Eli (2019) – Out now – Netflix Exclusive

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Eli (Charlie Shotwell) is the 11 year old, titular character, who has a condition which sees him living in a literal bubble. Unable to go outside from a very you age because of this condition, his parents scrape together all their money in hope of a specialist surgeons pioneering treatment being able to cure him. The movie opens as the family are midway to the medical facility, staying in a motel, and it fumbles its way through some of the plot points and the family dynamic. When they get to the isolated facility, in all of its badly CGI’d glory, it’s ominously shrouded in mist. The facility is an old mansion, fitted out to suit the patients with Eli’s condition, and after a little reluctance, Eli removes his protective clothing an embraces the freedom and movement this temporary new home provides. Although from here, it’s really not long before Eli spots a spooky figure down the end of a long, off limits corridor, and from there things start to get creepy. As Eli’s treatment starts, the paranormal activity ramps up a notch and Eli starts to think his new home is haunted.

The child actors are very good here, and much like Stranger Things and the recent iteration of It, it adds to the tension and peril on screen. Speaking of Stranger Things, Eli soon makes friends with the girl who lives down the road, Haley (Sadie Sink – better known as the aforementioned TV shows’ Max Mayfield). She shows up out of the blue, giving Eli a good fright in the process. She appears here and there, and they confide in each other through a conservatory. Her presence and motives seem unusual, but she’s the only person the Eli feels he can talk about what he’s going through. You’ll be questioning whether her appearance is real or not, due to the colourful aura surrounding her, whereas everything else seems grey and drab. As Eli delves deeper into what’s haunting him, things take a sinister turn, and he’s not sure who he can actually trust anymore, but he’s trapped in this house with some creepy ghosts and adults who may not have his best interests at heart.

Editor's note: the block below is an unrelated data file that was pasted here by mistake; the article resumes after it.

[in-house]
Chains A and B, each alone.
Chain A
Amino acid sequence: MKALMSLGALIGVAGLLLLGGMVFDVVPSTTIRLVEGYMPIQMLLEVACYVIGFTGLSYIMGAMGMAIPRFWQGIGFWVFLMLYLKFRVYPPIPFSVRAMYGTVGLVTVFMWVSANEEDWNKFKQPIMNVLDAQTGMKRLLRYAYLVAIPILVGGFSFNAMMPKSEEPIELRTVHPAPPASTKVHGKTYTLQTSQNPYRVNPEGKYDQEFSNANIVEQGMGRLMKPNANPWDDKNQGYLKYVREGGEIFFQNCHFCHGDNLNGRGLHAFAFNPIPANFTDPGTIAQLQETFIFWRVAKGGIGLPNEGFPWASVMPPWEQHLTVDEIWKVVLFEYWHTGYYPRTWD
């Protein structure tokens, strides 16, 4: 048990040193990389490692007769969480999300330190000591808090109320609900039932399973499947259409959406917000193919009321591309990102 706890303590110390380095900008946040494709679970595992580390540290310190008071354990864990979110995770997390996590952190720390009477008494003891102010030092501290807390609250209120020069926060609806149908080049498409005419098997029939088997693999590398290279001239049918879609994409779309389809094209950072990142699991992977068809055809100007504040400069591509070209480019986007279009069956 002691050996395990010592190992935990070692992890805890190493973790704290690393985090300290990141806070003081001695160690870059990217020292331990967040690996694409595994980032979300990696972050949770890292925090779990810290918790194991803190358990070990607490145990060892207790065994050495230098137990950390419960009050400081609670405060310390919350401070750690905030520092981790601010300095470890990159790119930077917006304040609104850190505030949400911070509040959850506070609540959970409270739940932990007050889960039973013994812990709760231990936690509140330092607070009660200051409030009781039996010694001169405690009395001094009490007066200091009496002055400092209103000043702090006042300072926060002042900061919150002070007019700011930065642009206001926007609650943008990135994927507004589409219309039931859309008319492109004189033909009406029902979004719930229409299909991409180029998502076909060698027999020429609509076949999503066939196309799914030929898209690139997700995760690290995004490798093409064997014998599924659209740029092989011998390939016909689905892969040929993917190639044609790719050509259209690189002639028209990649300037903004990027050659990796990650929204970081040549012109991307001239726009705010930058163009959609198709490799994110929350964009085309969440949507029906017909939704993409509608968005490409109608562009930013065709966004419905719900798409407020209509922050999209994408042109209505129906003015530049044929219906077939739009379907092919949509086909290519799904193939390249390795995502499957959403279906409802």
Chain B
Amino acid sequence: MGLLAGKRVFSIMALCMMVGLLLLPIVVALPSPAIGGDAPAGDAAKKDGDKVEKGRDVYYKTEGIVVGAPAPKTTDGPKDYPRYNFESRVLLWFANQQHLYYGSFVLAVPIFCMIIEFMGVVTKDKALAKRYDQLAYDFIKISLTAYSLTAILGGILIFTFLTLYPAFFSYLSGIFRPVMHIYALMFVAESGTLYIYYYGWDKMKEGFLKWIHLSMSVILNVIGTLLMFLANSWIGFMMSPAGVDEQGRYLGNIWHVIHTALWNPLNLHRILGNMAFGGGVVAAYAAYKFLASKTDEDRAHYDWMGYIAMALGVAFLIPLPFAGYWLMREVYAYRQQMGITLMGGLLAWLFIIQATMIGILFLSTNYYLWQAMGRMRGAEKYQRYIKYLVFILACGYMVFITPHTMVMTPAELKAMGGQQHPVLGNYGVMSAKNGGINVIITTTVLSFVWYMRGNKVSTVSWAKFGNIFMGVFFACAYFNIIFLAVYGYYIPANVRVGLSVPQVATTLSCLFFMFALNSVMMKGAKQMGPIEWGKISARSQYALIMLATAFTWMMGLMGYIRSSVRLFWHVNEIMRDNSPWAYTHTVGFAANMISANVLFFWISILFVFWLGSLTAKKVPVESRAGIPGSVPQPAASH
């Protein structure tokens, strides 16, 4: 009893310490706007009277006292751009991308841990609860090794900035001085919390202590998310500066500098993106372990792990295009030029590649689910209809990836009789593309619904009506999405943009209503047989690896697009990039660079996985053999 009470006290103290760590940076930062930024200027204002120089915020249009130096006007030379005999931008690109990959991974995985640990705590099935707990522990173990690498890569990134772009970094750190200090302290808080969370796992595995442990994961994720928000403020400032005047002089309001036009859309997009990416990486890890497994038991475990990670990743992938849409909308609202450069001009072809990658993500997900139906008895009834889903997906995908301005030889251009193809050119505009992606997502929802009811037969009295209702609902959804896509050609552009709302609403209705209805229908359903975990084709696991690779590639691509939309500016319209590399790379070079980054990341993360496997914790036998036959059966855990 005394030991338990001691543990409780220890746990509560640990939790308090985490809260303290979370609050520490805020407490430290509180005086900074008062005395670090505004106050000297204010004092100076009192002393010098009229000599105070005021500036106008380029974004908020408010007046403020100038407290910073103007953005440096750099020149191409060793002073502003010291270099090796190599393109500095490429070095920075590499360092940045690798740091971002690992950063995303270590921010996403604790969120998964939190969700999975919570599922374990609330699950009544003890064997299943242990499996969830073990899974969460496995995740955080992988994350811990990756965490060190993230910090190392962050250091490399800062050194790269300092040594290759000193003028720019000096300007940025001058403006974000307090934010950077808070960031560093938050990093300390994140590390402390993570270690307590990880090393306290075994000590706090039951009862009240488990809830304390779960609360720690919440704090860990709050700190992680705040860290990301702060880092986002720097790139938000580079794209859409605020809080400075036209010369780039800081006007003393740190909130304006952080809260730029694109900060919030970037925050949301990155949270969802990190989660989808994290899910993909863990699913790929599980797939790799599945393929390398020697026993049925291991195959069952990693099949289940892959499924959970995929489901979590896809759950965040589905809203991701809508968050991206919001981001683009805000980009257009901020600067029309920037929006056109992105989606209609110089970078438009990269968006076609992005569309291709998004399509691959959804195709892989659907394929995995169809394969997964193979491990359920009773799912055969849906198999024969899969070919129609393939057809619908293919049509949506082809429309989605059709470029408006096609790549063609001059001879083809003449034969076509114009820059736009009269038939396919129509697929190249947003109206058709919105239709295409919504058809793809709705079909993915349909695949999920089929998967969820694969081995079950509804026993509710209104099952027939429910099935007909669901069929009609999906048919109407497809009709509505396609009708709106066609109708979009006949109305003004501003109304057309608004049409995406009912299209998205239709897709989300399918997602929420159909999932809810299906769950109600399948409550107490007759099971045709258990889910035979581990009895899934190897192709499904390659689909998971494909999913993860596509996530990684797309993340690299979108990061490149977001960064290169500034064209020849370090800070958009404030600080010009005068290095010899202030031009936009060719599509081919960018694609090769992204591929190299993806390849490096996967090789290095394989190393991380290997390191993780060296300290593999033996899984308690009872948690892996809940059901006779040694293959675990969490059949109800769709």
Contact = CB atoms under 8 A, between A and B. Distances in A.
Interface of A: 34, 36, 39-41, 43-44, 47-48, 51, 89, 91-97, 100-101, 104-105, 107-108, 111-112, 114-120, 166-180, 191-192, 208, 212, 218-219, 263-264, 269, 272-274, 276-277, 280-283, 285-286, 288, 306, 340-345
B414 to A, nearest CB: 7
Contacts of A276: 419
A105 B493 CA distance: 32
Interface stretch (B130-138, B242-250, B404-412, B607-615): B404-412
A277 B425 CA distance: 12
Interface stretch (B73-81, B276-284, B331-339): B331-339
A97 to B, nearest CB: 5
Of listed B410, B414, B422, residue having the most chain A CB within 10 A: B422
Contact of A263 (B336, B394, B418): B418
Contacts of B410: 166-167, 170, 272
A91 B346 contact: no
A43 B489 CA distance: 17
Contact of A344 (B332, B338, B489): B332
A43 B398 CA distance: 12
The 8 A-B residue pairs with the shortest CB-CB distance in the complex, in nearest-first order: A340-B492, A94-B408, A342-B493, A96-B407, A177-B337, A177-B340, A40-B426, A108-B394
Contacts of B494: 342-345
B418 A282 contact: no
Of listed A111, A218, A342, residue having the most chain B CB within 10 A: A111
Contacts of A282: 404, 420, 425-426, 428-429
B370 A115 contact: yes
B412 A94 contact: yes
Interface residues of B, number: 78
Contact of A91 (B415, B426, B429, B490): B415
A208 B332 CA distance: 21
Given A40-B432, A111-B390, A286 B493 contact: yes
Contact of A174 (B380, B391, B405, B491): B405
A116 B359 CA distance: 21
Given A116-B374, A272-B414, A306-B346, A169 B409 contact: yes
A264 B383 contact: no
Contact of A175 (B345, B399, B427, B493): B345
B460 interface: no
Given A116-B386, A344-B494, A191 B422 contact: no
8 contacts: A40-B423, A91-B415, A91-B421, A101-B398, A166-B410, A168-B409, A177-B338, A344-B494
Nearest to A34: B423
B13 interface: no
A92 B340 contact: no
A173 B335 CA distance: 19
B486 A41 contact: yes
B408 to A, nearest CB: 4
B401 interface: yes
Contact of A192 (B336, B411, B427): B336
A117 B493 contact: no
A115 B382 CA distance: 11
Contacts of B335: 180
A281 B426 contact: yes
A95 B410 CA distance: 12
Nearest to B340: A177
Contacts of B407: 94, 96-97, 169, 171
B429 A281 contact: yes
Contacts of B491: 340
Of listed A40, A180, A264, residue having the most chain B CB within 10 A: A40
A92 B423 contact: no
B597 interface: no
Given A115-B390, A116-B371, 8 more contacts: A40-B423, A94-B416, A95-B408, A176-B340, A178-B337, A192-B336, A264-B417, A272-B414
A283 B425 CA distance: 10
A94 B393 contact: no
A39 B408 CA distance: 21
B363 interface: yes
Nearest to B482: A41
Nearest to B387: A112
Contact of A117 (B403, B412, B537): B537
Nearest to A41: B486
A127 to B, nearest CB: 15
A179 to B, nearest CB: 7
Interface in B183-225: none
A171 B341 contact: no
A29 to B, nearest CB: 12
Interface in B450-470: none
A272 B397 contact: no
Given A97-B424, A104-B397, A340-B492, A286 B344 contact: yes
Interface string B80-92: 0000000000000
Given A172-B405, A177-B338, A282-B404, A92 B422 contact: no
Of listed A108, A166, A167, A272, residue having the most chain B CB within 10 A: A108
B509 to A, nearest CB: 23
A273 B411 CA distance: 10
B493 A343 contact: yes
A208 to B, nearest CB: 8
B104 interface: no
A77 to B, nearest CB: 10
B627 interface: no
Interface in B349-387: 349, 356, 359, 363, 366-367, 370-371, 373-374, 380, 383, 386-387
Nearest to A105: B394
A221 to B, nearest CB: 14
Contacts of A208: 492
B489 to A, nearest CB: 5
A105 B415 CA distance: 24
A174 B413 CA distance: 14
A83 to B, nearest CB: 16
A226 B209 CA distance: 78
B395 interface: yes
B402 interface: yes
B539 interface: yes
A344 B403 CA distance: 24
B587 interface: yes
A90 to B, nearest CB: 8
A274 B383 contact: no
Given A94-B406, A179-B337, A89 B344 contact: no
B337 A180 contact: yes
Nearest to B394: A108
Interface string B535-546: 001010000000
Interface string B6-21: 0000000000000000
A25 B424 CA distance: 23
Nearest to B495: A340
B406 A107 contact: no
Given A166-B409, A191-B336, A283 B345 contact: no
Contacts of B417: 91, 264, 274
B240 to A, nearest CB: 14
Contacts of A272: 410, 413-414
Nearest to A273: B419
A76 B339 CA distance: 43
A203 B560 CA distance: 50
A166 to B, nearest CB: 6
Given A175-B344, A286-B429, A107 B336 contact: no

Whilst Eli may not come across as the most expertly crafted horror, as a lot of the scares seem to fall flat, the spooks are actually done really well, in a weird blend of Deadly Premonition and Annabelle, and some of the ghostly encounters build up pretty well. The real meat however, is in the final third, where the motives come to light and a final confrontation takes place. The build up is great, keeping you in the dark as to whether the doctors are helping Eli or not and the parents also seem to be keeping things to themselves. However, to say the foreshadowing in this film is somewhat heavy handed, is a gross understatement. The colours, the imagery and some of the characters’ interactions may as well have a massive neon sign above them spelling it out. That being said, it’s a fun ghost story, with some of the introductions to the supernatural elements of the film being very well executed, despite them ending with more of a fizzle rather than a fright. It ends with an exciting finale, which thematically, you’ll probably see coming a mile away, but the way it plays out is superb, ending on a morally ambiguous, if somewhat triumphant note.

Rating: ★★★★☆

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